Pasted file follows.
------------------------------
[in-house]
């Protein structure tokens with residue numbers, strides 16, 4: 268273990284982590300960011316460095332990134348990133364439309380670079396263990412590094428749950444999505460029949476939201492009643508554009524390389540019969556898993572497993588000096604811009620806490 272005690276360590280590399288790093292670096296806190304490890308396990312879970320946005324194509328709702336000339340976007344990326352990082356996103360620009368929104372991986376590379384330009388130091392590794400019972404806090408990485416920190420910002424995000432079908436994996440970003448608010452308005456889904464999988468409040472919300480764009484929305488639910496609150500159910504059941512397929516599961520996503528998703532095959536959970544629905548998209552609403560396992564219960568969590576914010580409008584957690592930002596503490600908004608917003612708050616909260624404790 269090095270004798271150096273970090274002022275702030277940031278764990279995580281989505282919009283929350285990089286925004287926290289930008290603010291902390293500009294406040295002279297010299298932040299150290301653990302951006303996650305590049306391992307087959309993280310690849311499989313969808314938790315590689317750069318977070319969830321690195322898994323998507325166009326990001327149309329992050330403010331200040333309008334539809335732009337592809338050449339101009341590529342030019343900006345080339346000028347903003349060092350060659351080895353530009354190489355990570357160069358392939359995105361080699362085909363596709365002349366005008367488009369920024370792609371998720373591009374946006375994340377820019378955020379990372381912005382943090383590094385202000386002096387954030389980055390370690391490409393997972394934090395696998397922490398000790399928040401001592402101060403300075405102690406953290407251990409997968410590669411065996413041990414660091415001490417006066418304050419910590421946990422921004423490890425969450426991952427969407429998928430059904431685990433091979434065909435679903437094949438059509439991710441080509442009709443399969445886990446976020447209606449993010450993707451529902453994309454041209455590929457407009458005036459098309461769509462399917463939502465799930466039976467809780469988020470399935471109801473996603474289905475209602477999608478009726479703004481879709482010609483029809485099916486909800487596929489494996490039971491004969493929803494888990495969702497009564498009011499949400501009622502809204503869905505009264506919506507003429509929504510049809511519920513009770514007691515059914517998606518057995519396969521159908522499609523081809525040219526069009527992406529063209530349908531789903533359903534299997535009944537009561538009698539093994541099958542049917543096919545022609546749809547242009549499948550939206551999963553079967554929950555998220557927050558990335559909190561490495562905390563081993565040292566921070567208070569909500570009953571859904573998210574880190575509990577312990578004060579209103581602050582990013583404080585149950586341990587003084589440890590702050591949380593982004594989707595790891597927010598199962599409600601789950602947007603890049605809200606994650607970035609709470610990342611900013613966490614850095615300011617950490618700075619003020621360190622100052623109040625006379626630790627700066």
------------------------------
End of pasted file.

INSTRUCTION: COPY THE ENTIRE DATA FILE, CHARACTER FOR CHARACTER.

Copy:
[in-house]
């Protein structure tokens with residue numbers, strides 16, 4: 268273990284982590300960011316460095332990134348990133364439309380670079396263990412590094428749950444999505460029949476939201492009643508554009524390389540019969556898993572497993588000096604811009620806490 272005690276360590280590399288790093292670096296806190304490890308396990312879970320946005324194509328709702336000339340976007344990326352990082356996103360620009368929104372991986376590379384330009388130091392590794400019972404806090408990485416920190420910002424995000432079908436994996440970003448608010452308005456889904464999988468409040472919300480764009484929305488639910496609150500159910504059941512397929516599961520996503528998703532095959536959970544629905548998209552609403560396992564219960568969590576914010580409008584957690592930002596503490600908004608917003612708050616909260624404790 269090095270004798271150096273970090274002022275702030277940031278764990279995580281989505282919009283929350285990089286925004287926290289930008290603010291902390293500009294406040295002279297010299298932040299150290301653990302951006303996650305590049306391992307087959309993280310690849311499989313969808314938790315590689317750069318977070319969830321690195322898994323998507325166009326990001327149309329992050330403010331200040333309008334539809335732009337592809338050449339101009341590529342030019343900006345080339346000028347903003349060092350060659351080895353530009354190489355990570357160069358392939359995105361080699362085909363596709365002349366005008367488009369920024370792609371998720373591009374946006375994340377820019378955020379990372381912005382943090383590094385202000386002096387954030389980055390370690391490409393997972394934090395696998397922490398000790399928040401001592402101060403300075405102690406953290407251990409997968410590669411065996413041990414660091415001490417006066418304050419910590421946990422921004423490890425969450426991952427969407429998928430059904431685990433091979434065909435679903437094949438059509439991710441080509442009709443399969445886990446976020447209606449993010450993707451529902453994309454041209455590929457407009458005036459098309461769509462399917463939502465799930466039976467809780469988020470399935471109801473996603474289905475209602477999608478009726479703004481879709482010609483029809485099916486909800487596929489494996490039971491004969493929803494888990495969702497009564498009011499949400501009622502809204503869905505009264506919506507003429509929504510049809511519920513009770514007691515059914517998606518057995519396969521159908522499609523081809525040219526069009527992406529063209530349908531789903533359903534299997535009944537009561538009698539093994541099958542049917543096919545022609546749809547242009549499948550939206551999963553079967554929950555998220557927050558990335559909190561490495562905390563081993565040292566921070567208070569909500570009953571859904573998210574880190575509990577312990578004060579209103581602050582990013583404080585149950586341990587003084589440890590702050591949380593982004594989707595790891597927010598199962599409600601789950602947007603890049605809200606994650607970035609709470610990342611900013613966490614850095615300011617950490618700075619003020621360190622100052623109040625006379626630790627700066």